Crossbar plans to come to market in two phases, Minassian said. Initially, the company wants to license single-layer memory blocks as IP cores through foundries for use as embedded memory. After that, the company will develop stand-alone memories under its own brand, replacing NOR flash in code storage and NAND flash in data storage.
"We are in discussions with foundries. It will take a couple more quarters to get the technology into wafer fabs but I see embedded [memory] in the market in 2015. Meanwhile, it will take two to three years [from mid-2013] to get to stand-alone memories," he said
But the path for the introduction of innovative non-volatile memory is notoriously difficult. There are many similar ReRAM, conductive bridging and other technologies that are being researched but struggling to compete with the incumbent flash memory technology. Phase-change memory was thought to offer similar scaling benefits beyond NAND flash but the R&D phase took more than 40 years, and although it is now in the commercial marketplace and has some reported deployments, it is only made at feature sizes that are larger than mainstream flash memory.
Comparisons for Crossbar memory against contemporary flash memory. Source: Crossbar Inc.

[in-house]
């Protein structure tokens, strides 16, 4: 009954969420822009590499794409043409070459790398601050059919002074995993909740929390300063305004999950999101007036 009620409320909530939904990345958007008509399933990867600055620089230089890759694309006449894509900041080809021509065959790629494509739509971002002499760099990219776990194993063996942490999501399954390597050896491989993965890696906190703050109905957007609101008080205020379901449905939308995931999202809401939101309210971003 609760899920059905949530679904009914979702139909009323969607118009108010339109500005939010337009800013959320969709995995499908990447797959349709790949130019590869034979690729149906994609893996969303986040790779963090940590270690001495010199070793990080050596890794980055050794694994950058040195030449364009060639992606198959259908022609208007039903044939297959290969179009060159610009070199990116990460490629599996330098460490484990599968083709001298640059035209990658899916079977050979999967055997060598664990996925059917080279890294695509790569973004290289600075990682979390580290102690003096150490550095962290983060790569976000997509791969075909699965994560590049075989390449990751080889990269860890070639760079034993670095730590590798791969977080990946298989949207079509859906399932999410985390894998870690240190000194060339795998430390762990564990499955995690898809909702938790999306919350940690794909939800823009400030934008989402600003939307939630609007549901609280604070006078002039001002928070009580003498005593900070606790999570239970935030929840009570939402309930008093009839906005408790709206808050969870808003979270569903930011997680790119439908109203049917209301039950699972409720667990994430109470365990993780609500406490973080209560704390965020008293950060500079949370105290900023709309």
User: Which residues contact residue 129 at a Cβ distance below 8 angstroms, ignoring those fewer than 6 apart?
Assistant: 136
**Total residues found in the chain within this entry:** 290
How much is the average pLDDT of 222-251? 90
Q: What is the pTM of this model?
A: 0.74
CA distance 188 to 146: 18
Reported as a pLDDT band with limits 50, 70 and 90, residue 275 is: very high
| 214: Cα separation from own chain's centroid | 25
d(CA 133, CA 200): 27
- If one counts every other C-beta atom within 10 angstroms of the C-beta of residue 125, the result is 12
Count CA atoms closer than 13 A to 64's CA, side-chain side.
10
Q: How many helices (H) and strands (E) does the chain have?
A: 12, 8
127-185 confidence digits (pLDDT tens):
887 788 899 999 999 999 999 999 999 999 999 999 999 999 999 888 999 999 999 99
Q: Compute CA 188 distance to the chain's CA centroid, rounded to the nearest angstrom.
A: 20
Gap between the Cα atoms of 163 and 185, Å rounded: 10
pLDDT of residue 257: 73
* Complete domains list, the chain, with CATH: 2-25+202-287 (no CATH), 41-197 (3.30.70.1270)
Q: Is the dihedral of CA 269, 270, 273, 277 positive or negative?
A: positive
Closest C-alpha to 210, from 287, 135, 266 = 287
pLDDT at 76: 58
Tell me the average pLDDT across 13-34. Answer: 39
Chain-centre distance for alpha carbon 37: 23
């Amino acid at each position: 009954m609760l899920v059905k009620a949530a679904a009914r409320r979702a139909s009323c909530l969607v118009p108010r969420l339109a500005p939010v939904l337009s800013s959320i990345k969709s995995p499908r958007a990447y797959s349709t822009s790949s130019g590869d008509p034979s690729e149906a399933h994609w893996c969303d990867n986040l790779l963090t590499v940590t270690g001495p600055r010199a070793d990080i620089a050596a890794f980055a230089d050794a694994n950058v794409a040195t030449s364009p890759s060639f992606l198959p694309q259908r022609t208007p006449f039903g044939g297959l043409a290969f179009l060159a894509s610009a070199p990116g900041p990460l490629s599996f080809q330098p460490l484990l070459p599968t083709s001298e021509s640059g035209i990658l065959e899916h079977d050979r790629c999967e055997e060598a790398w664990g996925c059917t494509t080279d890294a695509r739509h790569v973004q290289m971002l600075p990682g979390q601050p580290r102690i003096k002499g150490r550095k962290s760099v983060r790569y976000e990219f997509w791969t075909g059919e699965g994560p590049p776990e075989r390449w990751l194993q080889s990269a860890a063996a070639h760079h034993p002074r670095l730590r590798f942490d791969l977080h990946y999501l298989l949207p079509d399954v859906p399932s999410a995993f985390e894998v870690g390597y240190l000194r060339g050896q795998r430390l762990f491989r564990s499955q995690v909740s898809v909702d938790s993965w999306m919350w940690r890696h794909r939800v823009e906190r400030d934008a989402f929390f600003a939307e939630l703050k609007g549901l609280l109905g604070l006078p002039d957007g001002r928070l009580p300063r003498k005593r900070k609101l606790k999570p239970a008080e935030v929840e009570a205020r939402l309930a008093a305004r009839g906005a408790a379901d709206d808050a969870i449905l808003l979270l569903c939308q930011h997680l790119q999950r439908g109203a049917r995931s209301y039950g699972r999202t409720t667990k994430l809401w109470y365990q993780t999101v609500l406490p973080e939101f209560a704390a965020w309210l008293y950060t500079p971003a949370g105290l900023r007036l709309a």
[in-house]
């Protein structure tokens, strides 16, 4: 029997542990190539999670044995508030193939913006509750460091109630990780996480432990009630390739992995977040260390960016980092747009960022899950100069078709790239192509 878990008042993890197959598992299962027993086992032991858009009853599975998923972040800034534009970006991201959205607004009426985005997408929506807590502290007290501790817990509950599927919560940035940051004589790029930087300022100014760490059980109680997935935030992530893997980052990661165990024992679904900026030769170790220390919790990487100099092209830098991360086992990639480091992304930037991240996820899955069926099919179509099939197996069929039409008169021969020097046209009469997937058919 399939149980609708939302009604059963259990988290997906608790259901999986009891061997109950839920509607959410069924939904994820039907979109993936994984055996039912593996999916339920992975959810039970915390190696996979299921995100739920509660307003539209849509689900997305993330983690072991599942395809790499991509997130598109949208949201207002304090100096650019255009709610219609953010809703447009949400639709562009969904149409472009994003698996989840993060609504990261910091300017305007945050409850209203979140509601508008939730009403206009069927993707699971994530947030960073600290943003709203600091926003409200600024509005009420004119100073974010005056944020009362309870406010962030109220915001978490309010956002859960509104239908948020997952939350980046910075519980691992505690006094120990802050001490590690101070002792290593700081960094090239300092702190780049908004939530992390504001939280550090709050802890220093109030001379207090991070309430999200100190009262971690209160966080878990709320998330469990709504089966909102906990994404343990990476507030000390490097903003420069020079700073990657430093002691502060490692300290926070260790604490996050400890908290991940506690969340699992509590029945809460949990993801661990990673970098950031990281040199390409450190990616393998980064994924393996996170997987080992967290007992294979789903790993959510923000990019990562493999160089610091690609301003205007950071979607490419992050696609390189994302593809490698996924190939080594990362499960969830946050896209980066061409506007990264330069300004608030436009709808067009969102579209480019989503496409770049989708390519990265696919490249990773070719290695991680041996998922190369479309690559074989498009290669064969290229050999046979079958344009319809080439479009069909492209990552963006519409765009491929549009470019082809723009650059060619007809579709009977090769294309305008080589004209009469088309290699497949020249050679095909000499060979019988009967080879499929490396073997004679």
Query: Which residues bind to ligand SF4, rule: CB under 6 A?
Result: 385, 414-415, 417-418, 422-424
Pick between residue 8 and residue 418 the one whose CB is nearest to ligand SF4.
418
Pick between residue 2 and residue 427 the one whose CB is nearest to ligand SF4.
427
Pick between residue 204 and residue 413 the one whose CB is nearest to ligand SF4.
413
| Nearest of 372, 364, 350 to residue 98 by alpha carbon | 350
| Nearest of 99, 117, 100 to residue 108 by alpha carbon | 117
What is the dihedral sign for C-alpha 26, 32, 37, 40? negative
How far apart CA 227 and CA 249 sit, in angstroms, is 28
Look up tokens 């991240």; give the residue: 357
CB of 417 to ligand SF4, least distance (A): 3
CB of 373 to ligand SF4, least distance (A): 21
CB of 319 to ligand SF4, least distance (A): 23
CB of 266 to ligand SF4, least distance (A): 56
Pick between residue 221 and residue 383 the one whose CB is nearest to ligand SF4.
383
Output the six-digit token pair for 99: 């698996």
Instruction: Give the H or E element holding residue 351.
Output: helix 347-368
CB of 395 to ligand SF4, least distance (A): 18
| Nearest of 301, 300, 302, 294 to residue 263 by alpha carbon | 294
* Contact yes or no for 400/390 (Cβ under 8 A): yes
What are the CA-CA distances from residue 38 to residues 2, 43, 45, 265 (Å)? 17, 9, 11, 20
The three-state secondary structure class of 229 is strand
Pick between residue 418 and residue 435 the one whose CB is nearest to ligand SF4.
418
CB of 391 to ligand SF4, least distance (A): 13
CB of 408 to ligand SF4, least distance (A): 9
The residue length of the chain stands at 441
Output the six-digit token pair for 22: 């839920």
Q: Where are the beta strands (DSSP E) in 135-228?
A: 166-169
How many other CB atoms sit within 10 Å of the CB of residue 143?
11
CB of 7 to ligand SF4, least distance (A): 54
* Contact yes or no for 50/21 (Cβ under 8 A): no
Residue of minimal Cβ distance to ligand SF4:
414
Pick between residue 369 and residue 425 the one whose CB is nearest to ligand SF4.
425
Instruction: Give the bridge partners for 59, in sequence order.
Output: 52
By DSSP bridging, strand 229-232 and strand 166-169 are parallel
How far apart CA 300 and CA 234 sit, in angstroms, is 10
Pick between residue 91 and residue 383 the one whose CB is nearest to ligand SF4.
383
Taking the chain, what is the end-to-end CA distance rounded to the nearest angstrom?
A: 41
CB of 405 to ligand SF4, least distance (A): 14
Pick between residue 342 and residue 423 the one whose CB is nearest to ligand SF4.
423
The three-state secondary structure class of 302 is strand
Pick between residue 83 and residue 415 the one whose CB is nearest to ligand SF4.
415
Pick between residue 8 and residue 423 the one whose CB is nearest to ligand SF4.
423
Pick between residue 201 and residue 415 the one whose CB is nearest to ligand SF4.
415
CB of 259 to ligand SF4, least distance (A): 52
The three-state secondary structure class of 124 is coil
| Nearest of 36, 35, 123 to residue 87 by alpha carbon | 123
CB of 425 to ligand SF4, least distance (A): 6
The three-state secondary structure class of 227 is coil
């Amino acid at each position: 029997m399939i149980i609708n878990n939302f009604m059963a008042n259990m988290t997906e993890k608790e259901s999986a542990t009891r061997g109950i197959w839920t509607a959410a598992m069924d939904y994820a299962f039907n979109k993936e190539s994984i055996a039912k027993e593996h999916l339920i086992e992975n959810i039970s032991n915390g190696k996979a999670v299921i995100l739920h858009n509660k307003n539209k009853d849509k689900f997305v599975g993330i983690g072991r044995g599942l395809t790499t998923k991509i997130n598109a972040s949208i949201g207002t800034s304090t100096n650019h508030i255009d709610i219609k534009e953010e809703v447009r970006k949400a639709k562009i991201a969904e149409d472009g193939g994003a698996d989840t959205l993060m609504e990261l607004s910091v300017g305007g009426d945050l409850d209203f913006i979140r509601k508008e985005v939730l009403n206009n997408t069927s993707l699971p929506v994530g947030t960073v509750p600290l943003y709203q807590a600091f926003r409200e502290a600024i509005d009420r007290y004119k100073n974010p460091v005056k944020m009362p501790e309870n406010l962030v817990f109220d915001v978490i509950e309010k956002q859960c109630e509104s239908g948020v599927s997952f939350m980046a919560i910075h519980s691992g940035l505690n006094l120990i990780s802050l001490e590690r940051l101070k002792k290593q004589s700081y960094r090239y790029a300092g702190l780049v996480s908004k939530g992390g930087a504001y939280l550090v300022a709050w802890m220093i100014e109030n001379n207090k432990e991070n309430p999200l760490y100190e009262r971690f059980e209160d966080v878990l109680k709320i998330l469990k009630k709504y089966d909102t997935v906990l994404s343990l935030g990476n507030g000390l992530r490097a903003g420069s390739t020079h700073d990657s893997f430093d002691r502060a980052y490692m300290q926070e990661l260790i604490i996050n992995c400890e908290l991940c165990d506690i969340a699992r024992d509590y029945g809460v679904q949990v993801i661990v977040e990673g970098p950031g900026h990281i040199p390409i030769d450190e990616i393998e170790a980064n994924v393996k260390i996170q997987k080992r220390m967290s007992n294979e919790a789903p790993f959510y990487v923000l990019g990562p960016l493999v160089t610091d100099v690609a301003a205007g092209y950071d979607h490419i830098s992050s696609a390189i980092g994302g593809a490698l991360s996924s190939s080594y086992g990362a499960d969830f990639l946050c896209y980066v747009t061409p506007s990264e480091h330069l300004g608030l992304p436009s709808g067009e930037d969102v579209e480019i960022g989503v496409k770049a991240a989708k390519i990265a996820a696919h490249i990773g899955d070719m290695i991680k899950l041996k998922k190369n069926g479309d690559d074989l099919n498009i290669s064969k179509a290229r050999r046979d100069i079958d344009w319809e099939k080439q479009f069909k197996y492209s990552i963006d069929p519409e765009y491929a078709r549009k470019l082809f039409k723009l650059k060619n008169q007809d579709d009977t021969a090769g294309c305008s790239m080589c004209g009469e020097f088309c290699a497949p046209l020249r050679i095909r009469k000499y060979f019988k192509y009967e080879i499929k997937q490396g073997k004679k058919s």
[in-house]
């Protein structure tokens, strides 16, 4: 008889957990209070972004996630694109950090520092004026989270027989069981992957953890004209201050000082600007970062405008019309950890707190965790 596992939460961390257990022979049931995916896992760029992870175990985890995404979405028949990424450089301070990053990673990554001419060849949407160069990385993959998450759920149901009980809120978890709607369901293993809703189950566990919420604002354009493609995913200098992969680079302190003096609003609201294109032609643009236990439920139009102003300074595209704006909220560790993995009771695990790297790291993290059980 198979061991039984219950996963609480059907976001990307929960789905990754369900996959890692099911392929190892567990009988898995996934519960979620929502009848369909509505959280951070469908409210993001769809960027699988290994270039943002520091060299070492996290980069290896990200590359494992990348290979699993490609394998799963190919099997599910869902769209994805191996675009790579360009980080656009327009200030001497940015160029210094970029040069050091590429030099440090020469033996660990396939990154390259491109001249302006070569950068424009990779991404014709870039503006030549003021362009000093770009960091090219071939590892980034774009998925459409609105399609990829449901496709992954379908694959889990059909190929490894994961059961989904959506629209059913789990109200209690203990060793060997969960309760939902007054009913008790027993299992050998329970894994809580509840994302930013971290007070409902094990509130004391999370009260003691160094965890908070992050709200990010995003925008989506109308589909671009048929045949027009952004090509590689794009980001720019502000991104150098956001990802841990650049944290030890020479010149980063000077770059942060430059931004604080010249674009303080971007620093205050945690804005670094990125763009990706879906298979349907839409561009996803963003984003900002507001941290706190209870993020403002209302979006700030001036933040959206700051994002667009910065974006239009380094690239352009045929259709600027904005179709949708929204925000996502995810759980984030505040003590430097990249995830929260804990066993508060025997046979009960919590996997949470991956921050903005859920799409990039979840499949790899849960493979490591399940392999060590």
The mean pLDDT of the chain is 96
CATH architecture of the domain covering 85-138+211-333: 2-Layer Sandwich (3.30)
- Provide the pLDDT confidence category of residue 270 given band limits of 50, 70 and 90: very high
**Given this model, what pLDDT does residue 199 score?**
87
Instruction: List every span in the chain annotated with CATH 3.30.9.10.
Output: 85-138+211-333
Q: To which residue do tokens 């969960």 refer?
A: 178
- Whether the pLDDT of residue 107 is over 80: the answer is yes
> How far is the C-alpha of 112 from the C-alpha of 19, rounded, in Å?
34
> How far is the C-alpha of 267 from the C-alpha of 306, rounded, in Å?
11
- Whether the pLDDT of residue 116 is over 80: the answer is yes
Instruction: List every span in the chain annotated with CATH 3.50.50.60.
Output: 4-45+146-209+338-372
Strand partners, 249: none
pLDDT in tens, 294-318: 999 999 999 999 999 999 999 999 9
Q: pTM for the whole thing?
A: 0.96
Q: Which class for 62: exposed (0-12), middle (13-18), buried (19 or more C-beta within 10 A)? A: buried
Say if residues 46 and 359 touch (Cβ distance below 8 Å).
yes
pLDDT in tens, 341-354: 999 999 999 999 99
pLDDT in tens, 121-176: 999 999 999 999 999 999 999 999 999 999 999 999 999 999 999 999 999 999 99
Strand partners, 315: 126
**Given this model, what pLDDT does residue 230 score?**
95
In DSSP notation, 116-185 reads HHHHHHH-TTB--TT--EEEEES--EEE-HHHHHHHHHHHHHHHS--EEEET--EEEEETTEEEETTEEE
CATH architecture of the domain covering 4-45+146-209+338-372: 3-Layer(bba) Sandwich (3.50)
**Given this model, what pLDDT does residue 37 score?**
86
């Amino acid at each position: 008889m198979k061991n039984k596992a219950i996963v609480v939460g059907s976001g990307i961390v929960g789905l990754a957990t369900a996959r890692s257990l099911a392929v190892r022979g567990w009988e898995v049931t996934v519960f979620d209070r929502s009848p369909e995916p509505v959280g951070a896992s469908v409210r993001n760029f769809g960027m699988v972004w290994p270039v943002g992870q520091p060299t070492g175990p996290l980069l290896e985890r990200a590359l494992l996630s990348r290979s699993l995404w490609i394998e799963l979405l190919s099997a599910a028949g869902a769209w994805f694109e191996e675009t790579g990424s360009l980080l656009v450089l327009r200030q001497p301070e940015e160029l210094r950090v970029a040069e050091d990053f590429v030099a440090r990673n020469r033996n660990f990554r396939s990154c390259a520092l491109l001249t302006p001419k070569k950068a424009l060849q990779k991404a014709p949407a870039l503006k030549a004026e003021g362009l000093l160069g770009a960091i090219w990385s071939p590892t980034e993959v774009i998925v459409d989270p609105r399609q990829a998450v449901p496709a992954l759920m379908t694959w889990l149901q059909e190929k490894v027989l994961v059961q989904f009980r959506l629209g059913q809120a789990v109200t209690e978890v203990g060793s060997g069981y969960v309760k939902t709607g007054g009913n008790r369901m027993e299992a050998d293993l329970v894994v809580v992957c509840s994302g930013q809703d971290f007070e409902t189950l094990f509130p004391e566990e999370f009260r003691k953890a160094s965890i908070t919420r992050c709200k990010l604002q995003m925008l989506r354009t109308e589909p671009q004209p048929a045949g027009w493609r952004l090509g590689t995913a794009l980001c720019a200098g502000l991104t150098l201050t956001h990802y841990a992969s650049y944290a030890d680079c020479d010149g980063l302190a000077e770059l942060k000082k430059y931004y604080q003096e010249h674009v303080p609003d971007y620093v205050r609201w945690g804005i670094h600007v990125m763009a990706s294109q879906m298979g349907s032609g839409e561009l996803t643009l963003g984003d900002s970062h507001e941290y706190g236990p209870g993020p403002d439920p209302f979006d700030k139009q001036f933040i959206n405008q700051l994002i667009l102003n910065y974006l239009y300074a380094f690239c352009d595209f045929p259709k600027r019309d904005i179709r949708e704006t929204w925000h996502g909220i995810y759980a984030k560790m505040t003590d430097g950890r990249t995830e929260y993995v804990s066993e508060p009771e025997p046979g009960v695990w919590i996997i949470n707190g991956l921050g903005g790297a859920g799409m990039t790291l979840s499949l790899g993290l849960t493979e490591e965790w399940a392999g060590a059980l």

Ron Neale, a memory device expert who has contributed review articles on non-volatile memory to EE Times, raised some areas of concern about the technology. One is the use of silver as an electrode material in the fab. Like copper, unless carefully controlled, silver can have a contaminating effect in a wafer fab. This might inhibit foundries from adopting the technology.
In email correspondence with EE Times, Neale said:
Silver is a fast diffuser and in the past it has been shown to have had a detrimental effect on MOS gate oxides. However -- although mostly as a BEOL process -- a good experience base of the use of silver pastes as conductors in direct contact with silicon is building from the photovoltaic industry.
A second area Neale raised is the blocking diode effect used for matrix isolation which, according to a 2011 PhD thesis out of University of Michigan, while apparently robust was not at that time fully understood. "There are at least a couple of candidate locations in the memory cell for the site of the non-linear matrix-isolating element," Neale said in email. A third area is the thermal-dependence of the filament creation and maintenance, which Crossbar describes as being "minimal."
"So far Crossbar appears to have done most things in the right way and this could be the flash-replacement non-volatile memory that finally takes off," Neale said. "All aspects of the claimed performance of their ReRAMs can be verified in large arrays -- but that should also mean the publication of the full details of reliability testing." he added.
Since its founding in 2010, Crossbar has filed more than 100 patents related to the development and manufacturing of ReRAM with 30 already issued. One of the biggest claims that may yet aid adoption is that the technology is completely CMOS compatible and can be integrated into the back-end-of-line of any standard CMOS wafer fab.